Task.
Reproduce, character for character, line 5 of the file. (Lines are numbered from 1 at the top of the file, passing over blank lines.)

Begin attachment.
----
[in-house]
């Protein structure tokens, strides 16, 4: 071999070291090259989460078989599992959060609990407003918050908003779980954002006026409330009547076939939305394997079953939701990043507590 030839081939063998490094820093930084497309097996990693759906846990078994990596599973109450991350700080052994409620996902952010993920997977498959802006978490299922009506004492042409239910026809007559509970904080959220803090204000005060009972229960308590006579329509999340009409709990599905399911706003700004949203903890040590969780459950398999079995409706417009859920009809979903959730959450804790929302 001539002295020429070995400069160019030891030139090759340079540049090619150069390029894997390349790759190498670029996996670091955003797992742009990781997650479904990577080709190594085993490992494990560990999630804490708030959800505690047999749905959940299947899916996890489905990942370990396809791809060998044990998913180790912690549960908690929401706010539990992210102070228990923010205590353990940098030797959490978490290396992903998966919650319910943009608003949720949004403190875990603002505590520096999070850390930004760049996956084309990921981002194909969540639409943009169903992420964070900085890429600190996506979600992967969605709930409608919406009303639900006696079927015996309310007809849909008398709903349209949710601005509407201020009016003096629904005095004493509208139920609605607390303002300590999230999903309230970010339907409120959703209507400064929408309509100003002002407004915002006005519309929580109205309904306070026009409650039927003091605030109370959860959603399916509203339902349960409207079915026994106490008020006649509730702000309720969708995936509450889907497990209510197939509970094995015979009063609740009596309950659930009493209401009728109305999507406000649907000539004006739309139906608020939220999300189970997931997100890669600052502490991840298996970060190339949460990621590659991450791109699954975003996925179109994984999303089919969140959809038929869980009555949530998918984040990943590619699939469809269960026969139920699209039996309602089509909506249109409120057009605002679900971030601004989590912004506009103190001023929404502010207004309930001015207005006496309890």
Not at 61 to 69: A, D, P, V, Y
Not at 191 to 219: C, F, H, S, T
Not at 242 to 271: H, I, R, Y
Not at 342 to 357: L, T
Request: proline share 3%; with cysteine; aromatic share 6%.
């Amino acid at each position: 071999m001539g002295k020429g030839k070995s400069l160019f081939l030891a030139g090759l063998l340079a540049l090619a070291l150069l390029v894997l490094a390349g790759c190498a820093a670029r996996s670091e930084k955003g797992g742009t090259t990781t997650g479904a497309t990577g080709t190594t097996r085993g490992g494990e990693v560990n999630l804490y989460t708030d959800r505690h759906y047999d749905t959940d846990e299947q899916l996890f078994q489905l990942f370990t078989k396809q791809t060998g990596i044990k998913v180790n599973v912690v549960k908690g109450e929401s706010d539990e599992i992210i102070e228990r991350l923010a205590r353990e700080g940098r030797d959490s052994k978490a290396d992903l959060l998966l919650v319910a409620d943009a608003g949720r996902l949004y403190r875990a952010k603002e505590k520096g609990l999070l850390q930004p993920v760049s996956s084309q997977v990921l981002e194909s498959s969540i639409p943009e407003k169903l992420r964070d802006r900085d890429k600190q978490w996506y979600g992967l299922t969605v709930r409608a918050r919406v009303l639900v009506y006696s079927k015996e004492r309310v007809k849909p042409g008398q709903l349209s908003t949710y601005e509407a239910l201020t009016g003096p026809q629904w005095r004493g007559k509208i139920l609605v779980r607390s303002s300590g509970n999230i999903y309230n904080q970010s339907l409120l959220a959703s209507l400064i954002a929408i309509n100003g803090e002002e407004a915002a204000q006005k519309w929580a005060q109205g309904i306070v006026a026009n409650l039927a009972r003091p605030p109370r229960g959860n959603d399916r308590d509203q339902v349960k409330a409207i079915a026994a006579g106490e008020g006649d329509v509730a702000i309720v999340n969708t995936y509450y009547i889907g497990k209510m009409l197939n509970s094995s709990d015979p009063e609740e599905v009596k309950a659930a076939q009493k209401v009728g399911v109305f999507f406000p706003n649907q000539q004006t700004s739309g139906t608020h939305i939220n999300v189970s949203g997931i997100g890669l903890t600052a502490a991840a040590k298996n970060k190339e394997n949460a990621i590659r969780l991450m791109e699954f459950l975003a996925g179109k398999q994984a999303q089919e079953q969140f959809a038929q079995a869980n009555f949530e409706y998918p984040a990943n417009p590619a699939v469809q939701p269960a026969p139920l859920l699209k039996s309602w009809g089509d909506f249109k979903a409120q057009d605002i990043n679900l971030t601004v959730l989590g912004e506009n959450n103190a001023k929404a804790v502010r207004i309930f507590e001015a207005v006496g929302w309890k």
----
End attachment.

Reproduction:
Not at 242 to 271: H, I, R, Y